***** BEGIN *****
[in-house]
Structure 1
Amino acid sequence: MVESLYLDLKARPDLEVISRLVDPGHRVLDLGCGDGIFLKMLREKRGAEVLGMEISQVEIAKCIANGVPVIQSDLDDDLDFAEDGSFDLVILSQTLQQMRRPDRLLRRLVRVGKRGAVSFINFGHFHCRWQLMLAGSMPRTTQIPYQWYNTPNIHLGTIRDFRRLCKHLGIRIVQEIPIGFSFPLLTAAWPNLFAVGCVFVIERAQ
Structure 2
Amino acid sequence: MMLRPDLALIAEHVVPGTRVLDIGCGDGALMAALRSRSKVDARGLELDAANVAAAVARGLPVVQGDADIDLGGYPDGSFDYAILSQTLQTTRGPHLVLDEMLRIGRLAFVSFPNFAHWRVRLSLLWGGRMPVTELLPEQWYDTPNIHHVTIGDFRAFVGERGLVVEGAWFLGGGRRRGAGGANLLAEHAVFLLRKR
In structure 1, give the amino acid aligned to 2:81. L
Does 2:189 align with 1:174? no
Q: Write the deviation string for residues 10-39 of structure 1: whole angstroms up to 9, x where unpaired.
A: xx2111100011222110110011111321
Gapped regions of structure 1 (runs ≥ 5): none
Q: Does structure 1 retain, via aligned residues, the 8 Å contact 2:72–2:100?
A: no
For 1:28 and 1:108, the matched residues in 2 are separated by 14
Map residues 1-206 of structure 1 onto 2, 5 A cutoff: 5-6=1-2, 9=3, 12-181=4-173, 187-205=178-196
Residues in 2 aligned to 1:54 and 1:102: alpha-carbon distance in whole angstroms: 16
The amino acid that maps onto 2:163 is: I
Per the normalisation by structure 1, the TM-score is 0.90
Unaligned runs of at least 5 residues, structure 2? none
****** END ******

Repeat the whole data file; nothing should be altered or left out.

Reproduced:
[in-house]
Structure 1
Amino acid sequence: MVESLYLDLKARPDLEVISRLVDPGHRVLDLGCGDGIFLKMLREKRGAEVLGMEISQVEIAKCIANGVPVIQSDLDDDLDFAEDGSFDLVILSQTLQQMRRPDRLLRRLVRVGKRGAVSFINFGHFHCRWQLMLAGSMPRTTQIPYQWYNTPNIHLGTIRDFRRLCKHLGIRIVQEIPIGFSFPLLTAAWPNLFAVGCVFVIERAQ
Structure 2
Amino acid sequence: MMLRPDLALIAEHVVPGTRVLDIGCGDGALMAALRSRSKVDARGLELDAANVAAAVARGLPVVQGDADIDLGGYPDGSFDYAILSQTLQTTRGPHLVLDEMLRIGRLAFVSFPNFAHWRVRLSLLWGGRMPVTELLPEQWYDTPNIHHVTIGDFRAFVGERGLVVEGAWFLGGGRRRGAGGANLLAEHAVFLLRKR
In structure 1, give the amino acid aligned to 2:81. L
Does 2:189 align with 1:174? no
Q: Write the deviation string for residues 10-39 of structure 1: whole angstroms up to 9, x where unpaired.
A: xx2111100011222110110011111321
Gapped regions of structure 1 (runs ≥ 5): none
Q: Does structure 1 retain, via aligned residues, the 8 Å contact 2:72–2:100?
A: no
For 1:28 and 1:108, the matched residues in 2 are separated by 14
Map residues 1-206 of structure 1 onto 2, 5 A cutoff: 5-6=1-2, 9=3, 12-181=4-173, 187-205=178-196
Residues in 2 aligned to 1:54 and 1:102: alpha-carbon distance in whole angstroms: 16
The amino acid that maps onto 2:163 is: I
Per the normalisation by structure 1, the TM-score is 0.90
Unaligned runs of at least 5 residues, structure 2? none